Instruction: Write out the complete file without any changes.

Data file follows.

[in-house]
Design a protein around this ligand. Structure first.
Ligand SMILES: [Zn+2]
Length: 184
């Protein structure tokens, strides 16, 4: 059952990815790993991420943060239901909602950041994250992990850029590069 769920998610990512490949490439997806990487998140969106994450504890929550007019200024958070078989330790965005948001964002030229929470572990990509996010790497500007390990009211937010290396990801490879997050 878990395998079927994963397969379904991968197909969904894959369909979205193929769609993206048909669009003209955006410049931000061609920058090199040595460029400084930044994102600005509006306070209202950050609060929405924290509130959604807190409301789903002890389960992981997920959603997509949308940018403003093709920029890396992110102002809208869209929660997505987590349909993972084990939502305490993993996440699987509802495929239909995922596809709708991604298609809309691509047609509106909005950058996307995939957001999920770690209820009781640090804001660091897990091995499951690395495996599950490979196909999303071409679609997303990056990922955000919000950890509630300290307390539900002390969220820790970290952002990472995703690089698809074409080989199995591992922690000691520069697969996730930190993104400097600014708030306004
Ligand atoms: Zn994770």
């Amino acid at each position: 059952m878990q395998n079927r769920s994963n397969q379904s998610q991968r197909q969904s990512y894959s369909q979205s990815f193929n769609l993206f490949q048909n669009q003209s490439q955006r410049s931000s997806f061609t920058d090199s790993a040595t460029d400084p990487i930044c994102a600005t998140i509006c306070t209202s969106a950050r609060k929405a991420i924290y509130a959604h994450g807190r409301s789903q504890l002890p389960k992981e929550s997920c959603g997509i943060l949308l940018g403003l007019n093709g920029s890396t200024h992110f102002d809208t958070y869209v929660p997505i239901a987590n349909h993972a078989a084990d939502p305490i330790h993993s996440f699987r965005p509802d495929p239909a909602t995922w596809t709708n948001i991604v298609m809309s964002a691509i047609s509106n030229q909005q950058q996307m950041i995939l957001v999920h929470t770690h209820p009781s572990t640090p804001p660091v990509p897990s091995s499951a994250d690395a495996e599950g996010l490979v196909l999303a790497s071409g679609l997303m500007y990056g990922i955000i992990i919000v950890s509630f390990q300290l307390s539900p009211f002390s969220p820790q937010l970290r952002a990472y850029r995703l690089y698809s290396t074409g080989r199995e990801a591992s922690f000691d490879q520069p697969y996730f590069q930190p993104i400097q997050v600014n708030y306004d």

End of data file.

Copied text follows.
[in-house]
Design a protein around this ligand. Structure first.
Ligand SMILES: [Zn+2]
Length: 184
């Protein structure tokens, strides 16, 4: 059952990815790993991420943060239901909602950041994250992990850029590069 769920998610990512490949490439997806990487998140969106994450504890929550007019200024958070078989330790965005948001964002030229929470572990990509996010790497500007390990009211937010290396990801490879997050 878990395998079927994963397969379904991968197909969904894959369909979205193929769609993206048909669009003209955006410049931000061609920058090199040595460029400084930044994102600005509006306070209202950050609060929405924290509130959604807190409301789903002890389960992981997920959603997509949308940018403003093709920029890396992110102002809208869209929660997505987590349909993972084990939502305490993993996440699987509802495929239909995922596809709708991604298609809309691509047609509106909005950058996307995939957001999920770690209820009781640090804001660091897990091995499951690395495996599950490979196909999303071409679609997303990056990922955000919000950890509630300290307390539900002390969220820790970290952002990472995703690089698809074409080989199995591992922690000691520069697969996730930190993104400097600014708030306004
Ligand atoms: Zn994770």
């Amino acid at each position: 059952m878990q395998n079927r769920s994963n397969q379904s998610q991968r197909q969904s990512y894959s369909q979205s990815f193929n769609l993206f490949q048909n669009q003209s490439q955006r410049s931000s997806f061609t920058d090199s790993a040595t460029d400084p990487i930044c994102a600005t998140i509006c306070t209202s969106a950050r609060k929405a991420i924290y509130a959604h994450g807190r409301s789903q504890l002890p389960k992981e929550s997920c959603g997509i943060l949308l940018g403003l007019n093709g920029s890396t200024h992110f102002d809208t958070y869209v929660p997505i239901a987590n349909h993972a078989a084990d939502p305490i330790h993993s996440f699987r965005p509802d495929p239909a909602t995922w596809t709708n948001i991604v298609m809309s964002a691509i047609s509106n030229q909005q950058q996307m950041i995939l957001v999920h929470t770690h209820p009781s572990t640090p804001p660091v990509p897990s091995s499951a994250d690395a495996e599950g996010l490979v196909l999303a790497s071409g679609l997303m500007y990056g990922i955000i992990i919000v950890s509630f390990q300290l307390s539900p009211f002390s969220p820790q937010l970290r952002a990472y850029r995703l690089y698809s290396t074409g080989r199995e990801a591992s922690f000691d490879q520069p697969y996730f590069q930190p993104i400097q997050v600014n708030y306004d």